What is Keloid
Keloids are benign (noncancerous), fibrous skin tumours. They are most common in people with darker skin (e.g., people from West Africa or Southern India) and people usually develop them between the ages of 10 and 30. Both men and women are equally likely to have keloids.
What are the Causes
Keloids usually occur at the site of skin damage (e.g., acne, burns, chicken pox, cuts, insect bites, piercings, surgery, tattoos, vaccinations), although they can occur spontaneously. Whether or not a keloid will form is not determined by the severity of the wound – even a minor skin abrasion can result in keloid formation.
- Cryotherapy: Freezing keloids with liquid nitrogen may flatten them but often darkens or lightens the site of treatment.
- Interferon: Interferons are proteins produced by the body’s immune systems that help fight off viruses, bacteria, and other challenges. In recent studies, injections of interferon have shown promise in reducing the size of keloids, though it’s not yet certain whether that effect will be lasting. Current research is under way using a variant of this method, applying topical imiquimod (Aldara), which stimulates the body to produce interferon.
- Fluorouracil: Injections of this chemotherapy agent, alone or together with steroids, have been used as well for treatment of keloids.
Treatment & Procedure
- Cortisone injections (intralesional steroids): These are safe and not very painful. Injections are usually given once every four to eight weeks into the keloids) and usually help flatten keloids; however, steroid injections can also make the flattened keloid redder by stimulating the formation of more superficial blood vessels. (These can be treated using a laser; see below.) The keloid may look better after treatment than it looked to start with, but even the best results leave a mark that looks and feels quite different from the surrounding skin.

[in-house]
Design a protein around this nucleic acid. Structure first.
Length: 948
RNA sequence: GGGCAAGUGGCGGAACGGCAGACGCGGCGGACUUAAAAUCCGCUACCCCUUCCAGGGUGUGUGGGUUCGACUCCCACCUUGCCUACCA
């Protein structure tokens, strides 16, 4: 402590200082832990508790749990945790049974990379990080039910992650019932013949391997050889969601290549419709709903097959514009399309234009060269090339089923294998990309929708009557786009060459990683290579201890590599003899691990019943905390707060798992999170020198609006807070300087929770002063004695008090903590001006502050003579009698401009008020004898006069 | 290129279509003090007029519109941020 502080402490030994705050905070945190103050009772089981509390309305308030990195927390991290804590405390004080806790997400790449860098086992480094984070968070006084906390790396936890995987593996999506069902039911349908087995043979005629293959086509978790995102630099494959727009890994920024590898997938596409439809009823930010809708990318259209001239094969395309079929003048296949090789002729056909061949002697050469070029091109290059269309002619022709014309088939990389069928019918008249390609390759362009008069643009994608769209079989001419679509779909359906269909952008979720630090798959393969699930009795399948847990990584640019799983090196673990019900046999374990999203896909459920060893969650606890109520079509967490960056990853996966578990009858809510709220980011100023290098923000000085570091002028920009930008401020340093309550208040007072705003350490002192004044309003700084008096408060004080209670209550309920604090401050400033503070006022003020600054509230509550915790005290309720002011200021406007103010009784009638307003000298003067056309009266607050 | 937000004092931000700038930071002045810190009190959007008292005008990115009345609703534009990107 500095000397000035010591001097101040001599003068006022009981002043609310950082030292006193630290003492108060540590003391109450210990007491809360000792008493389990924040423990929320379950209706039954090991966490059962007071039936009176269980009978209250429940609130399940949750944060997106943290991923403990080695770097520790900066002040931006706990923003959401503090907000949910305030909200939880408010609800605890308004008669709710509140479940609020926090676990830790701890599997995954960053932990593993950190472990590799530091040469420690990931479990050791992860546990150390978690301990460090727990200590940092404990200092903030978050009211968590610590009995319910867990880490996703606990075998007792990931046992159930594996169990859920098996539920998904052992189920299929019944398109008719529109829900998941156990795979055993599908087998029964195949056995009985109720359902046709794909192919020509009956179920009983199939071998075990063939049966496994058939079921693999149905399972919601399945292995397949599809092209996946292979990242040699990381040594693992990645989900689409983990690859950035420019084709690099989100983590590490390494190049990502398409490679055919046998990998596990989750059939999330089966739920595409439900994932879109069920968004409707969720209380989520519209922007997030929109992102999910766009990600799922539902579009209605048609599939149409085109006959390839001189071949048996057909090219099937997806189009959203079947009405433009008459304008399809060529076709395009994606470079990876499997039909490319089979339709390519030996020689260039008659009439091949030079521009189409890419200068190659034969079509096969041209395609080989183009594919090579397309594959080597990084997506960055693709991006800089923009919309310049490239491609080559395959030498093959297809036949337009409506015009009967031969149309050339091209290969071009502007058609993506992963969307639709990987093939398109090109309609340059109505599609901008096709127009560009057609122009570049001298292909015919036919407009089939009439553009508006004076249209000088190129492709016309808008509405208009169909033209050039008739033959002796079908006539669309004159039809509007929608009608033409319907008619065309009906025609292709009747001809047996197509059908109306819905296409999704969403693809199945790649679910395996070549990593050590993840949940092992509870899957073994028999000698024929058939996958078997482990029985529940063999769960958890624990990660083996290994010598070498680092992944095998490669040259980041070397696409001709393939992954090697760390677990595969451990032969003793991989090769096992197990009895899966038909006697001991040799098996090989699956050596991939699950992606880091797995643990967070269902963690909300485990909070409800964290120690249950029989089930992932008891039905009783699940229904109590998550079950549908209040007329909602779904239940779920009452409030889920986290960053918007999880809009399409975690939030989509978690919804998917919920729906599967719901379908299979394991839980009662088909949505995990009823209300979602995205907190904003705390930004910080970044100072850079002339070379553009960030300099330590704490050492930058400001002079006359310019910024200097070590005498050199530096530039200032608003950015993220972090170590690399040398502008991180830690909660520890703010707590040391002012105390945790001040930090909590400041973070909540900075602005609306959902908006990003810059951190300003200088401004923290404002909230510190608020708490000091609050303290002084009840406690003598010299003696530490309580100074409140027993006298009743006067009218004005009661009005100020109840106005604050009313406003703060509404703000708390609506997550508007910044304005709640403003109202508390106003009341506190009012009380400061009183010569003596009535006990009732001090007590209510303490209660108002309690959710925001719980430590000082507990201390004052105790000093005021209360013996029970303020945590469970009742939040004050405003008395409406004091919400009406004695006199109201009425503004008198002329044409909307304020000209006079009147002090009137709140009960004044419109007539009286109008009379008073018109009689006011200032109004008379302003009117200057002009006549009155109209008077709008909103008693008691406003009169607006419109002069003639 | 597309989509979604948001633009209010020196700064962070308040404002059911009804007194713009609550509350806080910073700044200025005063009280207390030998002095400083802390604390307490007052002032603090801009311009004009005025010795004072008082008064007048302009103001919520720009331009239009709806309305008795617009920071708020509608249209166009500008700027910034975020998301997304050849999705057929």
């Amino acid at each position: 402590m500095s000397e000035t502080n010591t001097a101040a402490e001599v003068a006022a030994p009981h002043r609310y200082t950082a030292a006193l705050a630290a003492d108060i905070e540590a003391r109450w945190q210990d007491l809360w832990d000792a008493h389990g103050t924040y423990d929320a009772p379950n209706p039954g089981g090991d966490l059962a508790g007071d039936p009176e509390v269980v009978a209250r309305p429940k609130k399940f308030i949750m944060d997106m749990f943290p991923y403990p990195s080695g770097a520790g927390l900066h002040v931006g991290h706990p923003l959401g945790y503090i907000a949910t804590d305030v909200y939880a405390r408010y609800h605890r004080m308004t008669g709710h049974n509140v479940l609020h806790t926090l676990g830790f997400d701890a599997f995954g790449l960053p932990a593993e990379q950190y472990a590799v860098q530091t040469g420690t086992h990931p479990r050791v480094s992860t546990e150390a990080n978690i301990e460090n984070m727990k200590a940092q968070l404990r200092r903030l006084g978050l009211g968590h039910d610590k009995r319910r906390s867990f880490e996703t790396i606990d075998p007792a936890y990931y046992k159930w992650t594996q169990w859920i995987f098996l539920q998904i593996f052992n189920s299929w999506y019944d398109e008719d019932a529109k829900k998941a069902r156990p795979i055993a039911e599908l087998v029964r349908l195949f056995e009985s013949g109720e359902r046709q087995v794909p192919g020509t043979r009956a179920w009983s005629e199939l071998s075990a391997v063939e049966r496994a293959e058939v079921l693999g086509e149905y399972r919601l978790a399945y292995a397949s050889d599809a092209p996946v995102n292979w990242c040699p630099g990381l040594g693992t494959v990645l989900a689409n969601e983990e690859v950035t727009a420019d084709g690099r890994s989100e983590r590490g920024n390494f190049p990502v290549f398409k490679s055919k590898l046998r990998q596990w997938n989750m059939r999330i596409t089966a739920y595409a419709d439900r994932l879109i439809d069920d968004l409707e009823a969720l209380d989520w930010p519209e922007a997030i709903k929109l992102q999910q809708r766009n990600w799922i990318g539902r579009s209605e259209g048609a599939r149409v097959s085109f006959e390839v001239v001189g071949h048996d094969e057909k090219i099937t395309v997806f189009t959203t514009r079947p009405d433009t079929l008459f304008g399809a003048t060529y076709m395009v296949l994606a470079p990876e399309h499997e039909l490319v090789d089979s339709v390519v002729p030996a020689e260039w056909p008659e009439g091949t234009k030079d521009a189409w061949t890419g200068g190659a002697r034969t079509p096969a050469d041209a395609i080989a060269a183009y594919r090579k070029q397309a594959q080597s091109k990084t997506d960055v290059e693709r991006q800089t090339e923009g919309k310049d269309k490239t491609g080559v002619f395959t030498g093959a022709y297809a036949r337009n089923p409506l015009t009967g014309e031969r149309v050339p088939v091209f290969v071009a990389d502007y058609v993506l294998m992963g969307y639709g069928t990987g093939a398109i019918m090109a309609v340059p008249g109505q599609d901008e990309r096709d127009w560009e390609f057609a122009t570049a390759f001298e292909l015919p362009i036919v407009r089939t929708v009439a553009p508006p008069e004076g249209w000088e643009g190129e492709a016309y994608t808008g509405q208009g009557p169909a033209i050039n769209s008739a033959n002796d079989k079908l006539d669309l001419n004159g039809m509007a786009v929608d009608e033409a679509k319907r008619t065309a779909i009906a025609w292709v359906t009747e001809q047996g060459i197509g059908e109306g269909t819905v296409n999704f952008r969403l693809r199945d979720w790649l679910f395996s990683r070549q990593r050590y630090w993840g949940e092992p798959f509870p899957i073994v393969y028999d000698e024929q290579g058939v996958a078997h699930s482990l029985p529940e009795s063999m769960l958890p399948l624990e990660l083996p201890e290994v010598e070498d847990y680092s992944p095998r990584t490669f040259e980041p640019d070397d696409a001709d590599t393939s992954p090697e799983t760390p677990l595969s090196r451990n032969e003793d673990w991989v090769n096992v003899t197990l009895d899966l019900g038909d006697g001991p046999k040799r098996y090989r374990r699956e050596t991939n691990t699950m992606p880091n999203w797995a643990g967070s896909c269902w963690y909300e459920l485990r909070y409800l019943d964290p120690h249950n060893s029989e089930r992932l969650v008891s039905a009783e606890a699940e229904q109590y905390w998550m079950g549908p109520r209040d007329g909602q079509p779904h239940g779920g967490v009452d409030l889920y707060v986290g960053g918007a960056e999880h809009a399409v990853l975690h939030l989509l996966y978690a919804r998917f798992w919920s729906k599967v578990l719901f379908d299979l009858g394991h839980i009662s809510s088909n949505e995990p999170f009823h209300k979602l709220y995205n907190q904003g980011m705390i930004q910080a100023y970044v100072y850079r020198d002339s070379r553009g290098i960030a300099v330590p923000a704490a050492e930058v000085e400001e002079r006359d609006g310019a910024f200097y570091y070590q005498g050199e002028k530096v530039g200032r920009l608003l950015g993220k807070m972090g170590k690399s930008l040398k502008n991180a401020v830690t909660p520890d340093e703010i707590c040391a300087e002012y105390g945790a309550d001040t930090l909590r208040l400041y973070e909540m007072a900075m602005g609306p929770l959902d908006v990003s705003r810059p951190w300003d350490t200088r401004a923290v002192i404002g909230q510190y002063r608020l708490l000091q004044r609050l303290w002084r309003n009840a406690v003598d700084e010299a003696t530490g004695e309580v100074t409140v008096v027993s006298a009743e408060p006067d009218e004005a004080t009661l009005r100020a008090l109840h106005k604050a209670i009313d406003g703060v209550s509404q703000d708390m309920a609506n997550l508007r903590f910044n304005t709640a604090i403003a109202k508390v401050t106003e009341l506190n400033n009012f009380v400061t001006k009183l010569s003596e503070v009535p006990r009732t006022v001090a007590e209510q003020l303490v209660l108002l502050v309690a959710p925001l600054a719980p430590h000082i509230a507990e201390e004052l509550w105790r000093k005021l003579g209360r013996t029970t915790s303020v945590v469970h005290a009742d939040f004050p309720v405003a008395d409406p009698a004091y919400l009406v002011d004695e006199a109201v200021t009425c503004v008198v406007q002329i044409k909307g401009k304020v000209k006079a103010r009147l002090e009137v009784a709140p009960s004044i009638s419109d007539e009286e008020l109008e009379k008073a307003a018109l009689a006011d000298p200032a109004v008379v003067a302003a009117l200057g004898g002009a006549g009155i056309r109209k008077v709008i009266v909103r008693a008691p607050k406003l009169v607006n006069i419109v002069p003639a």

- Surgery: This is risky, because cutting a keloid can trigger the formation of a similar or even larger keloid. Some surgeons achieve success by injecting steroids or applying pressure dressings to the wound site for months after cutting away the keloid. Radiation after surgical excision has also been used.
- Laser: The pulsed-dye laser can be effective at flattening keloids and making them look less red. Treatment is safe and not very painful, but several treatment sessions may be needed. These may be costly, since such treatments are not generally covered by insurance plans.
- Silicone sheets: This involves wearing a sheet of silicone gel on the affected area continuously for months, which is hard to sustain. Results are variable. Some doctors claim similar success with compression dressings made from materials other than silicone.
- Radiation: Some doctors have reported safe and effective use of radiation to treat keloids.